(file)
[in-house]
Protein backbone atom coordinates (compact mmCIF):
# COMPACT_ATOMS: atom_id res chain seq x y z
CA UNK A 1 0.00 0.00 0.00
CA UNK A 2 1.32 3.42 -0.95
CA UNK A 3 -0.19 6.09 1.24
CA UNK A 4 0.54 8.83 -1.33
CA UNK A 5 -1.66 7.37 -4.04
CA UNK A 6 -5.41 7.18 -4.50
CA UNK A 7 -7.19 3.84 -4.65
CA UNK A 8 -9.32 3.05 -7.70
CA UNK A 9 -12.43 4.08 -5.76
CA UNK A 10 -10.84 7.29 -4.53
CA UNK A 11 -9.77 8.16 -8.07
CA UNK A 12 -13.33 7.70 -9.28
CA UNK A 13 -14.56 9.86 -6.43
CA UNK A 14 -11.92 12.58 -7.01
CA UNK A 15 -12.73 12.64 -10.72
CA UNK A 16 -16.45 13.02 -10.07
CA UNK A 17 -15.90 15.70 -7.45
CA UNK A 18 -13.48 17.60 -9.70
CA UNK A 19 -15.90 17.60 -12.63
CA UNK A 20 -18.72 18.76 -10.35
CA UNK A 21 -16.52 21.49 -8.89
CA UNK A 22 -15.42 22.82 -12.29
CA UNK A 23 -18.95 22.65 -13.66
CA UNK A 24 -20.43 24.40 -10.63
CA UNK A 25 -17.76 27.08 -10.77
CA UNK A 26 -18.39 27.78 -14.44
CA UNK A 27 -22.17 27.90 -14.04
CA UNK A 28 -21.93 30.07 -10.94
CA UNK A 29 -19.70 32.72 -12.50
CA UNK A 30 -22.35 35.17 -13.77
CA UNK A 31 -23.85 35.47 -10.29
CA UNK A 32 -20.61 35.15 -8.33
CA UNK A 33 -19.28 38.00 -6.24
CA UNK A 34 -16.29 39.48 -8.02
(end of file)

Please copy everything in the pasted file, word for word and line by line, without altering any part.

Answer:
[in-house]
Protein backbone atom coordinates (compact mmCIF):
# COMPACT_ATOMS: atom_id res chain seq x y z
CA UNK A 1 0.00 0.00 0.00
CA UNK A 2 1.32 3.42 -0.95
CA UNK A 3 -0.19 6.09 1.24
CA UNK A 4 0.54 8.83 -1.33
CA UNK A 5 -1.66 7.37 -4.04
CA UNK A 6 -5.41 7.18 -4.50
CA UNK A 7 -7.19 3.84 -4.65
CA UNK A 8 -9.32 3.05 -7.70
CA UNK A 9 -12.43 4.08 -5.76
CA UNK A 10 -10.84 7.29 -4.53
CA UNK A 11 -9.77 8.16 -8.07
CA UNK A 12 -13.33 7.70 -9.28
CA UNK A 13 -14.56 9.86 -6.43
CA UNK A 14 -11.92 12.58 -7.01
CA UNK A 15 -12.73 12.64 -10.72
CA UNK A 16 -16.45 13.02 -10.07
CA UNK A 17 -15.90 15.70 -7.45
CA UNK A 18 -13.48 17.60 -9.70
CA UNK A 19 -15.90 17.60 -12.63
CA UNK A 20 -18.72 18.76 -10.35
CA UNK A 21 -16.52 21.49 -8.89
CA UNK A 22 -15.42 22.82 -12.29
CA UNK A 23 -18.95 22.65 -13.66
CA UNK A 24 -20.43 24.40 -10.63
CA UNK A 25 -17.76 27.08 -10.77
CA UNK A 26 -18.39 27.78 -14.44
CA UNK A 27 -22.17 27.90 -14.04
CA UNK A 28 -21.93 30.07 -10.94
CA UNK A 29 -19.70 32.72 -12.50
CA UNK A 30 -22.35 35.17 -13.77
CA UNK A 31 -23.85 35.47 -10.29
CA UNK A 32 -20.61 35.15 -8.33
CA UNK A 33 -19.28 38.00 -6.24
CA UNK A 34 -16.29 39.48 -8.02